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# Case study One: The Speights Stubby Grassometer

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Last updated 26 October 2012 15:29 by NZTecAdmin

Ken explained, ‘You need to carry out 15 to 20 measurements over a paddock.”

Immediately I recognised that Ken was familiar with the “Teaching Adults to Reason Statistically Progressions.” The more random measurements you try the greater is your confidence in the results of the survey (see page 27)."

“If the grass reaches the top of the label you can say for certain that the dry matter yield will be 2500 kilograms per hectare,” added Ken. For townies, dry matter is the food component of grass with the water removed. A hectare (ha) is an area of 100 metres x 100 metres (10 000 metres squared).

Providing proper grazing is essential to the profitability of farms and the welfare of animals. Normally a cow eats about 17.5 kg of dry matter per day. Stocking rates of about three cows per hectare are usual in New Zealand. An optimal residue of dry matter that leaves the pasture healthy after grazing is 1500 kg/ha (kilograms per hectare).This gives the simple formula:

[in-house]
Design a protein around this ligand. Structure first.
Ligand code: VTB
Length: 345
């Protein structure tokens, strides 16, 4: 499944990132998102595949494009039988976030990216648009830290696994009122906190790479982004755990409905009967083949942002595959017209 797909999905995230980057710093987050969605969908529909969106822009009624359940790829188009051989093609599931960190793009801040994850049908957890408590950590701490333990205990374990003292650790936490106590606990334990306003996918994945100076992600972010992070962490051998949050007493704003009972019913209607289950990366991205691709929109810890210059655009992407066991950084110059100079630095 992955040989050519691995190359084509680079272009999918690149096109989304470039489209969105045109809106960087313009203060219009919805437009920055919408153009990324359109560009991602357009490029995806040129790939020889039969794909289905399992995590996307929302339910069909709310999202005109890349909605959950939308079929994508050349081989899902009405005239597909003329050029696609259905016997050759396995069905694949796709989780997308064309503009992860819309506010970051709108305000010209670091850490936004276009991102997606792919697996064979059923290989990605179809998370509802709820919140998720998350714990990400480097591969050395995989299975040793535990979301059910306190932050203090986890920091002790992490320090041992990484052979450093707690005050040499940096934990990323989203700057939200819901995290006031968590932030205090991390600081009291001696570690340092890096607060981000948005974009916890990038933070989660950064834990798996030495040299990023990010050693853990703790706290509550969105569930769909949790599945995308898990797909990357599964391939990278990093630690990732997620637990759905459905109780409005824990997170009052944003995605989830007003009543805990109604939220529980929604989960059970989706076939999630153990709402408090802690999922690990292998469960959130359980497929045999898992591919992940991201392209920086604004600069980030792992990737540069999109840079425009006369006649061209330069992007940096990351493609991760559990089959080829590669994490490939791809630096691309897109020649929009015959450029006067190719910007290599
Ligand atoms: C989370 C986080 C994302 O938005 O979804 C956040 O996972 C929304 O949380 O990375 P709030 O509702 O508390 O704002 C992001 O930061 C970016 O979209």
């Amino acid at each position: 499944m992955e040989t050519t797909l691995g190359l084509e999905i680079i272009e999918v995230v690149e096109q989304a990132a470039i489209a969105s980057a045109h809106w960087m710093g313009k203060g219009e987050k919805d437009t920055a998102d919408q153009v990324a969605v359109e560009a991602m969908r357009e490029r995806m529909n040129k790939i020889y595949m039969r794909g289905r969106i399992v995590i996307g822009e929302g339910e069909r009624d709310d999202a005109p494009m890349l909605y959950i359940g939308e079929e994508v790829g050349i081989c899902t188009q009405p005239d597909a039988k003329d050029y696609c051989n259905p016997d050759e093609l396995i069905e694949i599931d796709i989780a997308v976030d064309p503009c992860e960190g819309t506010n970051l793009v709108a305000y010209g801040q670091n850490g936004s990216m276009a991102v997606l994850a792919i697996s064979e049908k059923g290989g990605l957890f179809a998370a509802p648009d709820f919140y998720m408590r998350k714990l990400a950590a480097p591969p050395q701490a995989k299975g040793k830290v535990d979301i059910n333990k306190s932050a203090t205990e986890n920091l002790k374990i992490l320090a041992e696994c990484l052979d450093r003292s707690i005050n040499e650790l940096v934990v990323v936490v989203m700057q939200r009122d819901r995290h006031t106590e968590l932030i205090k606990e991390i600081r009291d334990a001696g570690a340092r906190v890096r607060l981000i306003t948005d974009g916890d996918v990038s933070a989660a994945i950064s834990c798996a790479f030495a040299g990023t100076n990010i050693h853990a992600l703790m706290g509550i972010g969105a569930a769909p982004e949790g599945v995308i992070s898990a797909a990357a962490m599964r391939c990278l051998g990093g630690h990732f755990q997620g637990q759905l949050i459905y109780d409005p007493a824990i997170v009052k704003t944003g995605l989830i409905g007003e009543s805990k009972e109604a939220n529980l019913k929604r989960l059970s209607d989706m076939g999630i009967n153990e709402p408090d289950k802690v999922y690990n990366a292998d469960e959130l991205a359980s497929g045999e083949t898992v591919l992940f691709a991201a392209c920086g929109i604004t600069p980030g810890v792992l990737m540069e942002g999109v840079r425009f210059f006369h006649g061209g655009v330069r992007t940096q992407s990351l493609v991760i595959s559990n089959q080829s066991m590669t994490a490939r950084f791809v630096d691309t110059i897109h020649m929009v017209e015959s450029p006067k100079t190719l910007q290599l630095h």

(3 cows/ha x 17.5 kg/cow x number of days) + 1500kg/ha = pre-grazing cover.

So if Ken knows the pre-grazing cover is 2500kg of dry matter/ha he can work out the number of days that his cows can feed on that pasture.

3 cows/ha x 17.5 kg/cow x d (days) + 1500kg/ha = 2500kg/ha

So the pasture will last 1000/3 x 17.5 ≈ 19 days

Simple – Yeah Right! (getting our beers mixed up)

It’s just as well that Ken and his fellow farming tutors at Telford Polytechnic recognise the numeracy required to work this out. Rates like kg/ha are found at steps 5 and 6 of the numeracy progressions. There is more to farming than milking cows.

Thank goodness for the Speights Stubby test. It’s all tax deductable as well and the resource is definitely renewable.